ANGRY residents living near the busy Scarborough to York rail line have protested about long delays to work on a bridge which, they believe, has cost taxpayers thousands of pounds.

Last October, scaffolding was erected on the 150-year-old Huttons Ambo bridge near Malton, and a large amount of engineering equipment taken to the site. But residents have now been told by Network Rail that the work will not resume for some months.

Murray Naylor, a former county councillor, said: “The amateur way the project has been organised and executed has resulted in considerable cost to the taxpayer.”

He added: “At a time when the nation is being asked by politicians to make serious financial sacrifices in the national interest, it affronts people to see public money being wasted by an organisation which seemingly is not accountable to Government or the taxpayer and is unable to control its costs.”

Mr Naylor, a retired engineer, has taken the delay issue up with Anne McIntosh, MP, Theresa Villiers, the Transport Minister, and with Network Rail.

Trains have had to slow down to just 20 mph over the bridge, said Mr Naylor. “This imposes further costs on Transpennine Express, the train operating company.”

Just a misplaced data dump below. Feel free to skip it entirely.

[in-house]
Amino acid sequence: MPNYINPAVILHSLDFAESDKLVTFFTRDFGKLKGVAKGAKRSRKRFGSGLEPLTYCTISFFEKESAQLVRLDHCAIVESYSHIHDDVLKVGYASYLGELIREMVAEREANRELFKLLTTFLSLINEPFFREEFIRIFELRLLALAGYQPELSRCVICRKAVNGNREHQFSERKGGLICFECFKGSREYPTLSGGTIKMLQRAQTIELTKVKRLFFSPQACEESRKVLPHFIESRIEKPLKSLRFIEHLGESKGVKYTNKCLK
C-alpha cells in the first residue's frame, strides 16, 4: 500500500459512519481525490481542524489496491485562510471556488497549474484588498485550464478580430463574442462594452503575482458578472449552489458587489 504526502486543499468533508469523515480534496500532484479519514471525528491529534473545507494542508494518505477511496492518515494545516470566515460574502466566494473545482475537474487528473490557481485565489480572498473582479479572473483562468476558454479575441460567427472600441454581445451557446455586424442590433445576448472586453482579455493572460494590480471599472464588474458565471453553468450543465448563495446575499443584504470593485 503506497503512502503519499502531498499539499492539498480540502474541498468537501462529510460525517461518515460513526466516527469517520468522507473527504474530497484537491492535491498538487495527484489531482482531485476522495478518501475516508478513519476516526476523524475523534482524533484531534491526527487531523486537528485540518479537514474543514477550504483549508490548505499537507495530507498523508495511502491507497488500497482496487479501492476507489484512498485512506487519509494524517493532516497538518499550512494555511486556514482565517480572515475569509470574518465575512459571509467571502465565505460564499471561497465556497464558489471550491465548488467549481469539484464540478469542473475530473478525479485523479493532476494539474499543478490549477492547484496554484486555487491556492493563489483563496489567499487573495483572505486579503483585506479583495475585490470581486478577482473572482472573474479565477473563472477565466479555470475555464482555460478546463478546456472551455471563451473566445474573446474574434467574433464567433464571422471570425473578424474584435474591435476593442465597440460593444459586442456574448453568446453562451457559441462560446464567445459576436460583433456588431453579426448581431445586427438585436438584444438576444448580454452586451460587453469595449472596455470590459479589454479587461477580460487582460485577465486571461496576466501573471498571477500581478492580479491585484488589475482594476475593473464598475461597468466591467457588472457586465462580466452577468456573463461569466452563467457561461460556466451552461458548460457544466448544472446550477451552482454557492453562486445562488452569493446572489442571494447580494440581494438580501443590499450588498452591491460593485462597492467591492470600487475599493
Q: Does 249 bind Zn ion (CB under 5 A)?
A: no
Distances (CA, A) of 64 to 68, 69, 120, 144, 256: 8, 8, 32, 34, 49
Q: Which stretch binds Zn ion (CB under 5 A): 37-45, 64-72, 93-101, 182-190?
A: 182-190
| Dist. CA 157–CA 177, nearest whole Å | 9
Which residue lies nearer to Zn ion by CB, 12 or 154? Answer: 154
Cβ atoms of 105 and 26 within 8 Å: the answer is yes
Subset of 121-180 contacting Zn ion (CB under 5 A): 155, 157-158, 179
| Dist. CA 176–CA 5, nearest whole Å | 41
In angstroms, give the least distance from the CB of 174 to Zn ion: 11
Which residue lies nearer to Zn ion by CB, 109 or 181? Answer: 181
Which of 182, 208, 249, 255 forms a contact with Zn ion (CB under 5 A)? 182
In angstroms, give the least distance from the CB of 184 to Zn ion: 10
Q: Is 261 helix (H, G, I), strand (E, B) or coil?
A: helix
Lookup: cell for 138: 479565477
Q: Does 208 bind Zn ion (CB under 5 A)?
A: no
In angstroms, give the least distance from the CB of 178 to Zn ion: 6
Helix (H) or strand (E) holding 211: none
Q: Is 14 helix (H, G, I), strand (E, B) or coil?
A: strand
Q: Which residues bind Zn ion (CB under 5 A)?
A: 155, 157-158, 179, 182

The scaffolding was left in place from October to February and Mr Naylor said: “Thie was a period of 16 weeks. After the first five weeks the costs of its hiring rise steeply.”

Following the removal of the scaffolding, all equipment, which included portable buildings, telecommunications and stores were removed from the site but are expected to be brought back again when work re-starts, possibly in October, said Mr Naylor.

He believes the cost in the delay of the work being carried out has resulted in extra thousands of pounds above the original budget for the work.

An inspector from the scaffolding company had told him: “Network Rail should be ashamed and embarrassed by the way in which this project has been managed.”

Rachel Lowe, spokeswoman for Network Rail, said: “The work to the bridge at Huttons Ambo was a challenging civil engineering project on one of the most complex waybeam bridges.

“The support is timber and we are replacing that. The work was scheduled for last year to coincide with the Falsgrave, Scarborough to Seamer resignalling work.

“Operational issues on the first weekend, October 23 and 24, meant that the planned work had to be cut short. The work on the first part of the scheme has since been completed.

“The work to the track travelling towards York still needs to be carried out and will have to be scheduled at a later date. Some minor maintenance work has been carried out recently but the second phase of the strengthening work is still to be done.

“I would stress there is no safety risk to the public. The situation is being carefully monitored and managed.”